UN report calls for radical re-allocating of wildfire resources - less suppression and more prevention
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The areas which reportedly are most at risk are The Arctic and other remote areas who previously have been less affected by wildfires.
The UN report which was released this week predicts 50 percent more extreme wildfires by the end of this century, and calls for a radical reallocation of financial resources from fighting fires to prevention.
The researchers behind the report say that it is not just the rising temperatures that are to blame for the changes in wildfire risk, but also the way human use land resources.
According to several international media, including a February 23 article on the CBC, this study claims there will be a global increase in extreme fires of up to 14% by 2030, compared to the number recorded in 2010-2020. The increase could reach 30% by 2050 and 50% by the end of the century.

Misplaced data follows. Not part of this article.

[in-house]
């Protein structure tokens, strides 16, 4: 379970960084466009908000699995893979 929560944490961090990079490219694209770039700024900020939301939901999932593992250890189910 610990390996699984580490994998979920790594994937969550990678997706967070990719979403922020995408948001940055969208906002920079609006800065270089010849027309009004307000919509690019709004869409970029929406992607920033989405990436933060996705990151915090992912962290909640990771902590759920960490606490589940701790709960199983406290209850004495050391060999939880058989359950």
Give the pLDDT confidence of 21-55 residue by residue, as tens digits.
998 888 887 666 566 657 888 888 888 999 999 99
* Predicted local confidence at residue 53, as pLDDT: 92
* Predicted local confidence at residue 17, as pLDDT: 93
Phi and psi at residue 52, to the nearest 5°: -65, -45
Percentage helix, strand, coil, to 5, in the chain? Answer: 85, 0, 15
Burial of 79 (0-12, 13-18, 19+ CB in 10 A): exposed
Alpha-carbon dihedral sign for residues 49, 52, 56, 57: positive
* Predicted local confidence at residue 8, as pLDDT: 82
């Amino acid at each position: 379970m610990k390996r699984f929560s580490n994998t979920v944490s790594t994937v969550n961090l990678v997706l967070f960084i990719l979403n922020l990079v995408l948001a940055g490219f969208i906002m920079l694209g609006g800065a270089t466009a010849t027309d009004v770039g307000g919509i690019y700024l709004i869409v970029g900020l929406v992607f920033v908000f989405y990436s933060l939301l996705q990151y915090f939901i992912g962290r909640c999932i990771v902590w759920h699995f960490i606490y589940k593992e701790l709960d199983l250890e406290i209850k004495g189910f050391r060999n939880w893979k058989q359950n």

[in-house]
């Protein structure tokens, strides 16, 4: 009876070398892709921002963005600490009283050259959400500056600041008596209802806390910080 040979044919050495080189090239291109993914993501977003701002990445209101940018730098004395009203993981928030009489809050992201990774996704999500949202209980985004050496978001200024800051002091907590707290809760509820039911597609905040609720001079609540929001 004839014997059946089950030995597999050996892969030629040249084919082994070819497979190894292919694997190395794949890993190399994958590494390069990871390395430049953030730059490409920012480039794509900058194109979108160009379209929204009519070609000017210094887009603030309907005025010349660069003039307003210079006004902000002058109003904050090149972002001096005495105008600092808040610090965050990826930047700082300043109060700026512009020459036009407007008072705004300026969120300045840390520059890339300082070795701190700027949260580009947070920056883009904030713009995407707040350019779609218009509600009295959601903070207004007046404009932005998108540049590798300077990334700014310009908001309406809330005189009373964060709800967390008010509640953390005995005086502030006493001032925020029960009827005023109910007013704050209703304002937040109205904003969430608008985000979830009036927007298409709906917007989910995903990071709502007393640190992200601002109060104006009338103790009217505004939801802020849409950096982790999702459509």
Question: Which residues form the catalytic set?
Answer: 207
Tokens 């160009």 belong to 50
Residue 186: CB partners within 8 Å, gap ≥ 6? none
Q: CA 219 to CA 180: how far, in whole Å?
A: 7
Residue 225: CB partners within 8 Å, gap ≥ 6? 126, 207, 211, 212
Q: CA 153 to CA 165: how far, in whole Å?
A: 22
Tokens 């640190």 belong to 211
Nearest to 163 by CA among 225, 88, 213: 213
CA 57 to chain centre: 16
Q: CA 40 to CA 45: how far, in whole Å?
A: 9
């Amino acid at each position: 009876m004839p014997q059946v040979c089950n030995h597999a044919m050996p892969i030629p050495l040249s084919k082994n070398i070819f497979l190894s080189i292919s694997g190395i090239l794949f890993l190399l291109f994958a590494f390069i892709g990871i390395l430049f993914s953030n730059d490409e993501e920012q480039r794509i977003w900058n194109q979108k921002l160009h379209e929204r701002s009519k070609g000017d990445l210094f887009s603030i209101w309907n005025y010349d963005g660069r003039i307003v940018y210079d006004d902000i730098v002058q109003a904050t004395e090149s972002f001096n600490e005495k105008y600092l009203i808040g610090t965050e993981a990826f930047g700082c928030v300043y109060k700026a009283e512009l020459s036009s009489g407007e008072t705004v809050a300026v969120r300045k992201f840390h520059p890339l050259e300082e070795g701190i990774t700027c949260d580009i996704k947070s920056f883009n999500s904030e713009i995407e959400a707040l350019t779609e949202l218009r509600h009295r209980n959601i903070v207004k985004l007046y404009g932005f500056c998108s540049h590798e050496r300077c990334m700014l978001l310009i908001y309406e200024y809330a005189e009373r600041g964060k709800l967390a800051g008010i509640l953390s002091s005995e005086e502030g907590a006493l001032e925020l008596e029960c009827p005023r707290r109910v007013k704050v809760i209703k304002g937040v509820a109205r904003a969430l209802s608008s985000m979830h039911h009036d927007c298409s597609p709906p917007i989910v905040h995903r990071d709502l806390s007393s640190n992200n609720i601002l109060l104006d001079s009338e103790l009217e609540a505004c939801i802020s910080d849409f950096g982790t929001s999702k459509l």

"The analysis was based on the definition of a catastrophic fire being one that would occur once every 100 years, so it's a very low frequency fire event," said Dr Andrew Sullivan from the Commonwealth Scientific and Industrial Research Organisation (CSIRO) in Canberra, Australia.
"The result was that the potential for that sort of fire would increase by a factor of 1.3 to 1.5 times, based on global analysis of fire frequency."
The results were similar in a low or high carbon emissions scenario.